October 27, 2015 | Elaine Devine, Communications Manager, Taylor & Francis

Taking peer review’s pulse: read ‘Peer review in 2015: a global view’

The view from journal authors, reviewers and editors on peer review

Over 7,400 survey respondents internationally.
Views from journal editors, authors and reviewers.
Six focus groups held in the UK, China and South Africa.
Data spanning the sciences, social sciences, humanities and medicine.

Just published, and launched at our UK editor round table in Oxford, is ‘Peer Review in 2015: a global view’, one of the largest research projects into peer review in recent years and our latest white paper.

What do researchers really think about the process of peer review, its timeframes and the realities of submission? How is the daily experience matching to expectations across disciplines? Do researchers still continue to value peer review, and how comfortable (or not) are they with different peer review models?

‘Peer review in 2015: a global view’ seeks to answer all this and more, gathering views from those who author research articles, those who review them, and you, the journal editors who oversee the process. Now available to read online, it offers a truly 360° perspective on the system which is commonly agreed to be an essential part of research publication, and includes findings from a global online survey as well as focus groups held in China, South Africa and the UK.

The research found agreement on the most important motivation to publish in peer reviewed journals: making a contribution to the field and sharing research with others was the top rated response across all groups (authors, reviewers and editors). 68% of researchers also believe they can have confidence in the academic rigour of published articles because of peer review, and most researchers rate the benefit of peer review towards improving their article as 8 or above out of 10 in the survey.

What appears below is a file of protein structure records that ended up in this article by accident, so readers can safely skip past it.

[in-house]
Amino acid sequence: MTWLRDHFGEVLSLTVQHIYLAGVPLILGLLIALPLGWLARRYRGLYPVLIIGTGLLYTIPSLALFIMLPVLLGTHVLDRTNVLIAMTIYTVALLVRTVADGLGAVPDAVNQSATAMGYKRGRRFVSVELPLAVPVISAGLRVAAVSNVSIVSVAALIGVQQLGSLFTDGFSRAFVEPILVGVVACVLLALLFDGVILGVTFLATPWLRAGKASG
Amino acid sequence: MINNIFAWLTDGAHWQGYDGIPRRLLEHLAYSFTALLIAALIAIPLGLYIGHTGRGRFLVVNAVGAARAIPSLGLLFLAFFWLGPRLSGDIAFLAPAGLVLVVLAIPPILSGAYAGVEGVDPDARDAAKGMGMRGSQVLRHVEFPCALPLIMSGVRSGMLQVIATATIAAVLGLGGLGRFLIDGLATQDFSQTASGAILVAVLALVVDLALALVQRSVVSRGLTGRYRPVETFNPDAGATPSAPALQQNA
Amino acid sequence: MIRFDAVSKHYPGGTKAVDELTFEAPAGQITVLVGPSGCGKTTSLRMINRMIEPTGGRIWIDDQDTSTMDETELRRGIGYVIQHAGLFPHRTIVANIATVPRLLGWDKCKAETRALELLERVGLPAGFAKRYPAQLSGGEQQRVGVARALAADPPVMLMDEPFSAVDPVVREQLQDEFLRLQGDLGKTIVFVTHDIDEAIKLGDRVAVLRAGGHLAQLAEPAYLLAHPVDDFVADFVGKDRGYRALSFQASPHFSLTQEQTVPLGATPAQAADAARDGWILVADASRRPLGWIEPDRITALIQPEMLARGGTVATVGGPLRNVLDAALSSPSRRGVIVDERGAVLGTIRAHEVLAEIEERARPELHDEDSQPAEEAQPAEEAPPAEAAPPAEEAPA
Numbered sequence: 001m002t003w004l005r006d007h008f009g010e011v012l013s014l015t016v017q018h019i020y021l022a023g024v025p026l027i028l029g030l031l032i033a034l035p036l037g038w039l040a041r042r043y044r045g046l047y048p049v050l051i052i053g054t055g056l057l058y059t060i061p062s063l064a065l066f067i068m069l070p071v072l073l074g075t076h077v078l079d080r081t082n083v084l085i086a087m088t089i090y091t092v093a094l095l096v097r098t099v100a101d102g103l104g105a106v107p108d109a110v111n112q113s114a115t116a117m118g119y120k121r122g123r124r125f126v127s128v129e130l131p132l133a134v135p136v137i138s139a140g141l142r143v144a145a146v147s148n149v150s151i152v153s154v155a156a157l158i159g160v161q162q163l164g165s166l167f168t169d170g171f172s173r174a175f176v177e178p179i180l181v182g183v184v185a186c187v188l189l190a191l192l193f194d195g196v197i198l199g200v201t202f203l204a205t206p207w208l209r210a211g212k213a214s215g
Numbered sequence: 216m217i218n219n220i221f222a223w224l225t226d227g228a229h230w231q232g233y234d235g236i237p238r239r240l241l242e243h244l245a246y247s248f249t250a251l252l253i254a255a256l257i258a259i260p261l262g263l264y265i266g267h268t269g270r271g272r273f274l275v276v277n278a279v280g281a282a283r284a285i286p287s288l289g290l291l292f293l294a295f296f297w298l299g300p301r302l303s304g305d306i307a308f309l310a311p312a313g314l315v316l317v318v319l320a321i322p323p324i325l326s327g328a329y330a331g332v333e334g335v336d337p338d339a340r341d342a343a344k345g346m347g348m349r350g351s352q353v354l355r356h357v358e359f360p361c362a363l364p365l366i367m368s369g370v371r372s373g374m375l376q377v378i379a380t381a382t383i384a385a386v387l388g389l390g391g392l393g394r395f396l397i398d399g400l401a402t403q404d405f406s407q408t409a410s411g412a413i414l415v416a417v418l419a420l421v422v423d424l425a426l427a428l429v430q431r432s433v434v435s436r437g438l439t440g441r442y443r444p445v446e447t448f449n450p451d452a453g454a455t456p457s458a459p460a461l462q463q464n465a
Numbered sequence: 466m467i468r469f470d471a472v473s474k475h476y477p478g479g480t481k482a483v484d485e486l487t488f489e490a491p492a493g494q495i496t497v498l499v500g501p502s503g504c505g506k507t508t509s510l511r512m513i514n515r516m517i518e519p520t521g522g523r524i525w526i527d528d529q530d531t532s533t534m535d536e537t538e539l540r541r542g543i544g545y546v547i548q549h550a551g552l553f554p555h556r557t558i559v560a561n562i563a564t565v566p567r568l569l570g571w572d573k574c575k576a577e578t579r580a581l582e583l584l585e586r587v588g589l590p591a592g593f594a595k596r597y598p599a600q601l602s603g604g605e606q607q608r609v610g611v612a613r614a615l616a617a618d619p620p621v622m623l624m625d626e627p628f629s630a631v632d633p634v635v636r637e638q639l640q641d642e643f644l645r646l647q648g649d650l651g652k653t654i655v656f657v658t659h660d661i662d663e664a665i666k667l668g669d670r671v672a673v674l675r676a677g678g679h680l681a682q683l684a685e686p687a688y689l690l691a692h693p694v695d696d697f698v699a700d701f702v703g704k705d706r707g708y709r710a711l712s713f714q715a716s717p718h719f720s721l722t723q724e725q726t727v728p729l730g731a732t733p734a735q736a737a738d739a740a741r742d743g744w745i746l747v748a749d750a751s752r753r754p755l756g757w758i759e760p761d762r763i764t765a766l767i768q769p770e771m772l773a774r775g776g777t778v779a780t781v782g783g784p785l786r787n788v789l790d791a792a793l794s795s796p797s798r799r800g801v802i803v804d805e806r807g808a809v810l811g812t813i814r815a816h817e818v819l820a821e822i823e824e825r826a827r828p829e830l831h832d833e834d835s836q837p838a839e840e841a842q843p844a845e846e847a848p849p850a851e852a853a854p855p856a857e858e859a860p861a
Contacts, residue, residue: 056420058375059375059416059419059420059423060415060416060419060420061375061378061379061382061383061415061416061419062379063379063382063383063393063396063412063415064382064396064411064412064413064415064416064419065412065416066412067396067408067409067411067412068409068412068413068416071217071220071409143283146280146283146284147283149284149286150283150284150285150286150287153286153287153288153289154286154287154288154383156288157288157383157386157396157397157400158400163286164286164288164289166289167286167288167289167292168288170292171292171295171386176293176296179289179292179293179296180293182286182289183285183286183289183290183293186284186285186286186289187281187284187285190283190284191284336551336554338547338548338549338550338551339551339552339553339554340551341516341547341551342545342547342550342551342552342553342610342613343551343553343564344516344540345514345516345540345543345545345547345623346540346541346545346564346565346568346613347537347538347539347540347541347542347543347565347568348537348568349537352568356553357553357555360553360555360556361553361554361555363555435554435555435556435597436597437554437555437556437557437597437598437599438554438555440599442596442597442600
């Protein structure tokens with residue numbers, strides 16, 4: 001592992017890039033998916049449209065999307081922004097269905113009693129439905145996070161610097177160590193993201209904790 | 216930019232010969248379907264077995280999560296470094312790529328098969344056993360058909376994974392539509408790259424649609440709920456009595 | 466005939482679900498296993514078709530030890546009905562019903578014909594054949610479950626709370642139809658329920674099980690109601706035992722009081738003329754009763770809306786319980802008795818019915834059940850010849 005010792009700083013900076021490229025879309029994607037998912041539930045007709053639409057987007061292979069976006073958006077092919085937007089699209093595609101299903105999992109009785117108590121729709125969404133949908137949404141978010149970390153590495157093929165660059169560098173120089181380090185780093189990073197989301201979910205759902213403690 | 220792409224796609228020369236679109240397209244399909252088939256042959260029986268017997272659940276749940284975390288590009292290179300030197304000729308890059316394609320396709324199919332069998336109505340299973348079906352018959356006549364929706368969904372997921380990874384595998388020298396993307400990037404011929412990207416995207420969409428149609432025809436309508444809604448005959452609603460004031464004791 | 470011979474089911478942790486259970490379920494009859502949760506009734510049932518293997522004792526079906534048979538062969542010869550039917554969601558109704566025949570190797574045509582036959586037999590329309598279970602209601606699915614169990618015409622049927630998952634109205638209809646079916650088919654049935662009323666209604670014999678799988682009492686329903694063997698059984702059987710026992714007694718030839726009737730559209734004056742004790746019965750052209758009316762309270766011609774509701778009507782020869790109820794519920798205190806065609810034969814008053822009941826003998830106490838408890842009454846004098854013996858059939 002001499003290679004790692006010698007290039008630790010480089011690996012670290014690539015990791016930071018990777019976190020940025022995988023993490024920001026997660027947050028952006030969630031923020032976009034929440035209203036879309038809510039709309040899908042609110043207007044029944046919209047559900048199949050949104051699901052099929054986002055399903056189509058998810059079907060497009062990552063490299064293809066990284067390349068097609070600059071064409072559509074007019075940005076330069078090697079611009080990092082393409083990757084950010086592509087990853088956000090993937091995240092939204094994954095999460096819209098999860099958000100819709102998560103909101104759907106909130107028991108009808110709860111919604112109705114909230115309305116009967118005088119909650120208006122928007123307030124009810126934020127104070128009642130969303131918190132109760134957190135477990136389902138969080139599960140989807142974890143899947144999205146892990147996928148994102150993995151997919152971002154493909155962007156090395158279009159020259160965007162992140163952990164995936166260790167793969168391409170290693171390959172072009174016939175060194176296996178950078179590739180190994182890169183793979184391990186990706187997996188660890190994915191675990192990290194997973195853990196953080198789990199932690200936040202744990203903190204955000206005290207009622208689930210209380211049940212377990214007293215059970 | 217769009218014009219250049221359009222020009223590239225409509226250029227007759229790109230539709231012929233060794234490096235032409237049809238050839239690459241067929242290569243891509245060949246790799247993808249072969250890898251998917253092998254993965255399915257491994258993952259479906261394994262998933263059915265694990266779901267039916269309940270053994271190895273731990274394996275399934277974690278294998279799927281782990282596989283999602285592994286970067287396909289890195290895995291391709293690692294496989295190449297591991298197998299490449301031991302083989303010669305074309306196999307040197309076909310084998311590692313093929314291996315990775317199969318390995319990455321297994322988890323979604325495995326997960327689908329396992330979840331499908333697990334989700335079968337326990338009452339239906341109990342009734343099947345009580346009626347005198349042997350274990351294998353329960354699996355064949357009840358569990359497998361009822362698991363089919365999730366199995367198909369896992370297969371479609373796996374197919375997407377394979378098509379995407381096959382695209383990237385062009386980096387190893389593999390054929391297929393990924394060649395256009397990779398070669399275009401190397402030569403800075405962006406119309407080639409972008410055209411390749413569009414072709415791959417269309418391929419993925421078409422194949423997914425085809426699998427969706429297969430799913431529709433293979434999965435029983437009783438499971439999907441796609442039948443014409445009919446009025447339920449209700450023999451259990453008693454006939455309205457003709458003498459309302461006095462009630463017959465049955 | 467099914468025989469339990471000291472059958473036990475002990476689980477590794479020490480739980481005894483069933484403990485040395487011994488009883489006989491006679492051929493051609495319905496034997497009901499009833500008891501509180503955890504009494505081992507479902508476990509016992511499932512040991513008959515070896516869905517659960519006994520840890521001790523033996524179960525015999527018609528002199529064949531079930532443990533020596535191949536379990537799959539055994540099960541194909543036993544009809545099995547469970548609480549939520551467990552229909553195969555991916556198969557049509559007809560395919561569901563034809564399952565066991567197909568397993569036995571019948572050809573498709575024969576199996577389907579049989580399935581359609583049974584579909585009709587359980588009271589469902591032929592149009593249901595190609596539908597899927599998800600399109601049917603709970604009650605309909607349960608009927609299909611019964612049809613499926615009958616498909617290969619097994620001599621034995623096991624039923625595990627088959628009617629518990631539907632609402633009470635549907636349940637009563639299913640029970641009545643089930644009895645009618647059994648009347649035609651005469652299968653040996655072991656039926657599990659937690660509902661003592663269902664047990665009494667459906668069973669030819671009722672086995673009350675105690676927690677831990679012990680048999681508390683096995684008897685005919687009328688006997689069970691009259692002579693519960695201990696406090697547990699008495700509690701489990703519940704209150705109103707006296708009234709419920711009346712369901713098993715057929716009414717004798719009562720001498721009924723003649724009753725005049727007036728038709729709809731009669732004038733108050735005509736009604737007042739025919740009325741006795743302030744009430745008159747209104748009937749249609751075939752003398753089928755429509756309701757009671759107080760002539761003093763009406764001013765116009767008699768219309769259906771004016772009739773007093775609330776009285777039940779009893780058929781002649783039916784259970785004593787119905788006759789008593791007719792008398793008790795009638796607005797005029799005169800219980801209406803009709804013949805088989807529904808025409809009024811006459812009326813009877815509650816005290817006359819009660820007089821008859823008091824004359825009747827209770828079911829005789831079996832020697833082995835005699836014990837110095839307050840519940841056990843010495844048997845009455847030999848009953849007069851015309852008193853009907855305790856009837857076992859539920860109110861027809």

Examining the prevalence of ethical issues, the survey results run contrary to recent discussions, with respondents reporting a low prevalence of gender bias in peer review in their experience, but a higher prevalence of regional and seniority bias. Many also suggest that double blind peer review is most capable of preventing reviewer discrimination, and views when questioned onmore open models of review scores were surprisingly neutral. However, free text responses in the survey and in focus groups were much stronger and more polarized, a representative selection of which we have highlighted in the white paper.

Read ‘Peer review in 2015: a global view’ now, and discover the findings for yourself, at authorservices.taylorandfrancis.com/peer-review-in-2015.

Published: October 27, 2015 | Author: Elaine Devine, Communications Manager, Taylor & Francis | Category: Front page, News and ideas, Peer review | Tagged with: